On Jan. 28, the Kremlin announced that Russian President Vladimir Putin had ordered the government to write draft rules restricting foreign technology companies operating in Russia. These forthcoming mandates could include requiring that foreign firms open offices within Russian territory.
Setting up local shops in Russia might not prompt thoughts of internet control, but this move, if it happens, would fit exactly into the Kremlin’s internet control model. It’s a tactic that some authoritarian countries have already tried and others may follow, particularly in places where internet control strategies are much less technically focused than in China and instead focused more on melding offline and online control.
To understand these recent orders, we have to look back to some recent history. The year 2019 was a busy one for Russia’s internet: The Duma, the lower house of Russia’s federal assembly, introduced a bill in late 2018 to pursue a “domestic internet” in the country, which could be isolated from the rest of the world at will, and by early 2019 it was gaining momentum. Lawmakers contended that a disconnection test of the internet (vaguely defined) was on the calendar for April 1, though no such experiment happened that day. Putin signed the domestic internet bill into law on May 1, 2019, and it went into effect that November amid much discussion of subsequently planned Kremlin disconnection tests. (It’s not clear if those actually happened, either.) Reports began to surface in late 2019 that internet companies were hitting roadblocks in implementing steps required by the law.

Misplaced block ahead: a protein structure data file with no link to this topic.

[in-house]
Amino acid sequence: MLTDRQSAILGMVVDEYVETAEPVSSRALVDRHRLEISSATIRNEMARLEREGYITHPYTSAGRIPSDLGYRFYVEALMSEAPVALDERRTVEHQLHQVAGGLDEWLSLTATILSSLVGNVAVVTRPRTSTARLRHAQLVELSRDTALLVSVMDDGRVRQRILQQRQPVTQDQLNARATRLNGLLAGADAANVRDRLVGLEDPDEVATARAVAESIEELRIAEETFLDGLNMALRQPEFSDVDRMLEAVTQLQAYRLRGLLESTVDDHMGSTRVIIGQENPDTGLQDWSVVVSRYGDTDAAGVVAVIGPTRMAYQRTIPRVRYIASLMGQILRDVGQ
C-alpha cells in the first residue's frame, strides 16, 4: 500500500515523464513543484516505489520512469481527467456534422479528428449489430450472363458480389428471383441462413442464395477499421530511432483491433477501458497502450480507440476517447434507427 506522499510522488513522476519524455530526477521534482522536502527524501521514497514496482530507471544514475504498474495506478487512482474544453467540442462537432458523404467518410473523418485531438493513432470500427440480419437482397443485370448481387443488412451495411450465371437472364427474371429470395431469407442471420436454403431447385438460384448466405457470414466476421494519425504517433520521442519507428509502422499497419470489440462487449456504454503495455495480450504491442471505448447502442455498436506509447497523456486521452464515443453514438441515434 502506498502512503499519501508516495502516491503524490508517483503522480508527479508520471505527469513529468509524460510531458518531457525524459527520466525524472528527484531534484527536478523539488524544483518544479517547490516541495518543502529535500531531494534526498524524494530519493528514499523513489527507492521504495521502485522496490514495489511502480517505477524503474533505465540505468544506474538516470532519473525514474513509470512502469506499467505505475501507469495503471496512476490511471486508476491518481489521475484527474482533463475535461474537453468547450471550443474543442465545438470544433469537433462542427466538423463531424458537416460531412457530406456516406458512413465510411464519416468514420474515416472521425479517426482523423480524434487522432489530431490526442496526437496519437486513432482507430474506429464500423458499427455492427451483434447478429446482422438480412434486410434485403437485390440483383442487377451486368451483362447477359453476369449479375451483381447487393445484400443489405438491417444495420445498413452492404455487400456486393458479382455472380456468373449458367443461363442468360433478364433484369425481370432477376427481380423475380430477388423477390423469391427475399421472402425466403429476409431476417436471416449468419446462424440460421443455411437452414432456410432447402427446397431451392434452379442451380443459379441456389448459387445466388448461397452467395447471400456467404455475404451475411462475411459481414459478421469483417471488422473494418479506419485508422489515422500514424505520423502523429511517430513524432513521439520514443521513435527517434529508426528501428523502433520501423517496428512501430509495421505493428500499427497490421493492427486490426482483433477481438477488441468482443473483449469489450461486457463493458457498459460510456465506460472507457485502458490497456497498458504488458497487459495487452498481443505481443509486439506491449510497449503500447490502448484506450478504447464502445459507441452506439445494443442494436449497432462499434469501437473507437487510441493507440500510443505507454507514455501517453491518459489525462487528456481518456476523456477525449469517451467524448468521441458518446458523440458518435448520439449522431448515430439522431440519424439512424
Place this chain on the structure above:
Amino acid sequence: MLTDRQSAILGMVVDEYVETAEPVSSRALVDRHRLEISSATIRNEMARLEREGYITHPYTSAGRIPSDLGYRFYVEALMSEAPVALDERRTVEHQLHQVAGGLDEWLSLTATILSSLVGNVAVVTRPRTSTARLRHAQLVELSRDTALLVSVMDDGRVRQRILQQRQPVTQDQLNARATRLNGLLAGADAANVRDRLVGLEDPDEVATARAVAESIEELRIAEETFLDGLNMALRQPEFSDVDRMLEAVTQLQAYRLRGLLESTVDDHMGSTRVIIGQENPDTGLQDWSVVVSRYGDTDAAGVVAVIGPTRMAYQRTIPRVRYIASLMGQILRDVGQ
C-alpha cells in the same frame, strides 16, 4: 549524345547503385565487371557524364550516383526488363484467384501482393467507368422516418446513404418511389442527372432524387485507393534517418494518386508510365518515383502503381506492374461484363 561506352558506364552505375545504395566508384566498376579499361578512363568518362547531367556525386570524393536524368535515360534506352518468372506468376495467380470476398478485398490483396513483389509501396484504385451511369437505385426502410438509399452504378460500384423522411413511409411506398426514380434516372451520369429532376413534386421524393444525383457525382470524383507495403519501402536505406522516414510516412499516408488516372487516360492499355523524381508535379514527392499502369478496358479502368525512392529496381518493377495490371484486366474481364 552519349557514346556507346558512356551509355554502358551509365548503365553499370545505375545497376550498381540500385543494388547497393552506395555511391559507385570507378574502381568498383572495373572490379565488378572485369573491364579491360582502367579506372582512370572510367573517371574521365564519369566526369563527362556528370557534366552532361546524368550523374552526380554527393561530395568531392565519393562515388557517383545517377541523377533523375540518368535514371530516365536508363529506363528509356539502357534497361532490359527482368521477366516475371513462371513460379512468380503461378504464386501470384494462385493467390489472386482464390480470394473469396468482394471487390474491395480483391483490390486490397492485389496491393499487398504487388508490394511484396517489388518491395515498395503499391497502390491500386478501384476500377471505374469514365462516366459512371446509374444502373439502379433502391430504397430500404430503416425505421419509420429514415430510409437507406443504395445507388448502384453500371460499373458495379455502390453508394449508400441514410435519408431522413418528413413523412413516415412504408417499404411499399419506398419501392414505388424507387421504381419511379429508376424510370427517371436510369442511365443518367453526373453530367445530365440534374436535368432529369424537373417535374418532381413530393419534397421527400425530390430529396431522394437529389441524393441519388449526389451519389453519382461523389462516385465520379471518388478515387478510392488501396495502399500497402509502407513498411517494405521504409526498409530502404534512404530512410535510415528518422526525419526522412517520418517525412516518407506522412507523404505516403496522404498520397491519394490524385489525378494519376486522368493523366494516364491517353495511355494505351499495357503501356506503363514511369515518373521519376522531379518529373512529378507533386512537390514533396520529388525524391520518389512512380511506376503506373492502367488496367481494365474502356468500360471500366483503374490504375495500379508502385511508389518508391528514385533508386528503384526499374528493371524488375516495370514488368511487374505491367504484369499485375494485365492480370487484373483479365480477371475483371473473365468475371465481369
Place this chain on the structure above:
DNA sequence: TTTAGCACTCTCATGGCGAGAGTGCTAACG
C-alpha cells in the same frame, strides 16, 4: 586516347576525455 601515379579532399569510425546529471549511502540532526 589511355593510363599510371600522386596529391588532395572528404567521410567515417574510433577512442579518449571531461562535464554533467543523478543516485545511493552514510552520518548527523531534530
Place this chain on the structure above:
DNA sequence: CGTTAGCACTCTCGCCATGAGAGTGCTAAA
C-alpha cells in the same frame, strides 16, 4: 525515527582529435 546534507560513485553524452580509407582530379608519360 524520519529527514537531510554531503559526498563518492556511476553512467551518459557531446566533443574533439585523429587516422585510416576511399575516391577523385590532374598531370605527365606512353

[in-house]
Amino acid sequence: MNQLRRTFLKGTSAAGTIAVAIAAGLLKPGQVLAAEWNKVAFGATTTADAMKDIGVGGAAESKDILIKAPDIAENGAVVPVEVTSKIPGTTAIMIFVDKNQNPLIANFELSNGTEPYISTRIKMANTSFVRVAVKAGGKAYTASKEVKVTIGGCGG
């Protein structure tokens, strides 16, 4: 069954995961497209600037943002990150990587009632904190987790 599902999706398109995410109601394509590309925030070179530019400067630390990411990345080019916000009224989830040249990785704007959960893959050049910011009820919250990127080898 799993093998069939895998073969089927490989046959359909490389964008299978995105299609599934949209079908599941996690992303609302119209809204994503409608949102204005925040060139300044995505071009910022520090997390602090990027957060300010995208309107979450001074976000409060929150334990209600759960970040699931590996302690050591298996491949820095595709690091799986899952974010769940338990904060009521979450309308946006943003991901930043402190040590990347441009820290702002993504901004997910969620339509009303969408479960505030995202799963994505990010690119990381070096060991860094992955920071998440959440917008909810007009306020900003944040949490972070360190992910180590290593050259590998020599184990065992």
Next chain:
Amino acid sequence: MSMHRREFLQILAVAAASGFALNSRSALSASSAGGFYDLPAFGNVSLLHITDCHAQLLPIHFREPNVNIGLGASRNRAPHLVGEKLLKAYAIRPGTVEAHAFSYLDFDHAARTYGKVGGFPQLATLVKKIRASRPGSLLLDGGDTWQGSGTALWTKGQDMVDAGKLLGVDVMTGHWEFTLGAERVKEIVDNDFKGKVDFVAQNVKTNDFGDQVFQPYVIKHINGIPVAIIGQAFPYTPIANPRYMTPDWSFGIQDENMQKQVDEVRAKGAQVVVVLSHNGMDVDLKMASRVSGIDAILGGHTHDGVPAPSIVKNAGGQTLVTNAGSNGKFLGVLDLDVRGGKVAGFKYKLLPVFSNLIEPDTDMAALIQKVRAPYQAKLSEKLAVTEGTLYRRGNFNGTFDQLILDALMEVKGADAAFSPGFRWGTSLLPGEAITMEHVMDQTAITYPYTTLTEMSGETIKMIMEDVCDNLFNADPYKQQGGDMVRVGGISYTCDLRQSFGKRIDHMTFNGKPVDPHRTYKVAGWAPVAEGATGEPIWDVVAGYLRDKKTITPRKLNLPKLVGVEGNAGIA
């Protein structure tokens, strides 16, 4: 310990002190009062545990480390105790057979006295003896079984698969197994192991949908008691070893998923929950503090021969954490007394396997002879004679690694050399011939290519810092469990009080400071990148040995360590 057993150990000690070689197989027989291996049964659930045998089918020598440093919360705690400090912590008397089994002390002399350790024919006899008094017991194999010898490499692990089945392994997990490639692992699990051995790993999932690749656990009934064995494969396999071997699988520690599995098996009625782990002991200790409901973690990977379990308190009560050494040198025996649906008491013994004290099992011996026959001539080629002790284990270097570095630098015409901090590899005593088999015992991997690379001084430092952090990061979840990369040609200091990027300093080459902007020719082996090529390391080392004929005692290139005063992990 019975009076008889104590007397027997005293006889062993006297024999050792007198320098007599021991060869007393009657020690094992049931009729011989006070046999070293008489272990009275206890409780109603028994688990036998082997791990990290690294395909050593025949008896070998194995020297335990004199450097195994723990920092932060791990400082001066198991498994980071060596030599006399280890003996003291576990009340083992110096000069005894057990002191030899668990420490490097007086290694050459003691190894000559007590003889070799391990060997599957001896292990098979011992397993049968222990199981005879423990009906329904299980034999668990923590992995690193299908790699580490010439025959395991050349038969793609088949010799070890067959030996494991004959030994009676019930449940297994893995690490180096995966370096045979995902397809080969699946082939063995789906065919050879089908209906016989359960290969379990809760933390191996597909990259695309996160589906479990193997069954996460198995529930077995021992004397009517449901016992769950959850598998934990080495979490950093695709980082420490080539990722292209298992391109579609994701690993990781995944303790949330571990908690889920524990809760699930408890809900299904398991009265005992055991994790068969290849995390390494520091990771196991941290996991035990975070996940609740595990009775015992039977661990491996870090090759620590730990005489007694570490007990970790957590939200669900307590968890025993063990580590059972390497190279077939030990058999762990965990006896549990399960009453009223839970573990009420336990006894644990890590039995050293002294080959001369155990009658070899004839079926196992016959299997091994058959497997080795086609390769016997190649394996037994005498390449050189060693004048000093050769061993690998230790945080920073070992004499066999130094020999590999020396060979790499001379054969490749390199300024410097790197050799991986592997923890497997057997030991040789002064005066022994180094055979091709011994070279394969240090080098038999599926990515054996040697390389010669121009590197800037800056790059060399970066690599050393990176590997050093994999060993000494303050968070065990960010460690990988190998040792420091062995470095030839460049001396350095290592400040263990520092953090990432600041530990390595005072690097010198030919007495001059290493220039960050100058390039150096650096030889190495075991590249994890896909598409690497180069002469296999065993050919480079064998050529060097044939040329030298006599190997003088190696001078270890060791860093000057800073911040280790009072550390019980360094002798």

But Moscow has been relatively quiet since 2020 about the domestic internet. The COVID-19 pandemic has captured the attention (though not the serious care) of the Kremlin and its relevant agencies, and contributed to authorities pushing back the in-effect date of already planned rules to limit the influence of foreign-made software in Russia. But the recent announcement—that Putin has ordered the government to develop draft rules for increasing control of foreign internet companies operating in Russia—makes clear the government remains focused on raising barriers for foreign tech companies.
So far, the Kremlin has not released much information about the contents of this order, besides the fact of its delivery. According to the Kremlin press release, the draft rules should impose requirements on foreign technology companies operating in the Russian segment of the Internet’s information and telecommunications network. That list should include forcing those firms to open representative offices in Russian territory. Putin gave the relevant government personnel until Aug. 1 to submit these proposals. At the same Dec. 10 meeting where officials discussed these mandates, they also raised, in a typically staged-and-later-publicized fashion, the “topic” of American technology companies and their “censorship” of Russian state-controlled media.
It’s possible more rules may be announced in the coming months. But the discussed requirement for foreign technology companies operating in Russia to stand up domestic offices is particularly significant.